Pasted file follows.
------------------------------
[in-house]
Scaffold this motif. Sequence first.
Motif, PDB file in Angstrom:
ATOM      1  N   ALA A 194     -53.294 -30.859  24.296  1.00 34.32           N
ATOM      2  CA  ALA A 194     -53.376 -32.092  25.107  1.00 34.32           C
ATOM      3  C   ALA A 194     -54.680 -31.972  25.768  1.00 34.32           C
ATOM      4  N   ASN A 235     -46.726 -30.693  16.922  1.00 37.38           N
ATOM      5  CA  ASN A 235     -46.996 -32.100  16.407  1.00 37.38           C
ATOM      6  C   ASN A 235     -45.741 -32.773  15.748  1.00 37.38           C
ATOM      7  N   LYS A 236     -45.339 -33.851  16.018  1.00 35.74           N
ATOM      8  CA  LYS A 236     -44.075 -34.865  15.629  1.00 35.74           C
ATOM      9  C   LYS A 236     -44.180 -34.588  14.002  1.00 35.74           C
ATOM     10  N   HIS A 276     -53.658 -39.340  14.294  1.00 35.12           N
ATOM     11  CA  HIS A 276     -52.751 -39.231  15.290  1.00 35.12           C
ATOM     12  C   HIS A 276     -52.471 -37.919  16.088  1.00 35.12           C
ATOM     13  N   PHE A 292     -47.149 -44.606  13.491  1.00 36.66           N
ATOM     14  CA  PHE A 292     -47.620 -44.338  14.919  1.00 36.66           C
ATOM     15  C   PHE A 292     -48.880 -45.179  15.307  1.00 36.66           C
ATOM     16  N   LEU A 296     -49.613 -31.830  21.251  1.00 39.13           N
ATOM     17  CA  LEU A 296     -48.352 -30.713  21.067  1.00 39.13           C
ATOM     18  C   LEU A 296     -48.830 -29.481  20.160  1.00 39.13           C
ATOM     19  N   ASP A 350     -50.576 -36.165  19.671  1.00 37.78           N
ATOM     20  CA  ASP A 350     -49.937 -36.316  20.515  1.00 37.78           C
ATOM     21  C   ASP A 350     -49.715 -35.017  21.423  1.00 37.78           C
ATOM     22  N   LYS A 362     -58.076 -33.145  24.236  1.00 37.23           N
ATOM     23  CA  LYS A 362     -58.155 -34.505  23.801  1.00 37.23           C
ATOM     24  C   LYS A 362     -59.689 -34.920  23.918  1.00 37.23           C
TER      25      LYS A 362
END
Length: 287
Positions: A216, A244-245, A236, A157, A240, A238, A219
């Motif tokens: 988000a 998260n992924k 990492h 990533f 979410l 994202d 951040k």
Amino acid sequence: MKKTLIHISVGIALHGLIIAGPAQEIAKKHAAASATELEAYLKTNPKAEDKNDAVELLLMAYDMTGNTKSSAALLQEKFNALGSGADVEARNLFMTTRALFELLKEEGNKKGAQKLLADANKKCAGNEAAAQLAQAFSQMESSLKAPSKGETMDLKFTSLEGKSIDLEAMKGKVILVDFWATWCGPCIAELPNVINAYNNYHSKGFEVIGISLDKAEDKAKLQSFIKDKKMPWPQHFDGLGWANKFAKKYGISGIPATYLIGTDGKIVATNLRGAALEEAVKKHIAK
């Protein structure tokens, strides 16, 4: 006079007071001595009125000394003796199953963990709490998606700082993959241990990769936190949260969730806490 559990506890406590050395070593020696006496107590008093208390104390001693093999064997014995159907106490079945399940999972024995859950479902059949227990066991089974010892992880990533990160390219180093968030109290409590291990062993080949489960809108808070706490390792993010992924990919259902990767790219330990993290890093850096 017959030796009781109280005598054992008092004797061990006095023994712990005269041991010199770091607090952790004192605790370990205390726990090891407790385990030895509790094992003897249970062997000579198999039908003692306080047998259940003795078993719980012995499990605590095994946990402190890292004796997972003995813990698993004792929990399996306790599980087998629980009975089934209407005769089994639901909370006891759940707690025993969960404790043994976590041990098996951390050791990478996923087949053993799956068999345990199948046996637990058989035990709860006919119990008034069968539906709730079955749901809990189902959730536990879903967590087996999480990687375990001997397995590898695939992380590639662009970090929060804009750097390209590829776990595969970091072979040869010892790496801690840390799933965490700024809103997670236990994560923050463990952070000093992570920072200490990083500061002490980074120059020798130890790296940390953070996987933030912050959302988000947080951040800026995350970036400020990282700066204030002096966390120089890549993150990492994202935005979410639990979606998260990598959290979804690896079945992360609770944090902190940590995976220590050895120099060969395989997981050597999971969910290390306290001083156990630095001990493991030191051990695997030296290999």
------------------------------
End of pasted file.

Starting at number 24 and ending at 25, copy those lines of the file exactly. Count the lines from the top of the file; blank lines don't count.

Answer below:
ATOM     21  C   ASP A 350     -49.715 -35.017  21.423  1.00 37.78           C
ATOM     22  N   LYS A 362     -58.076 -33.145  24.236  1.00 37.23           N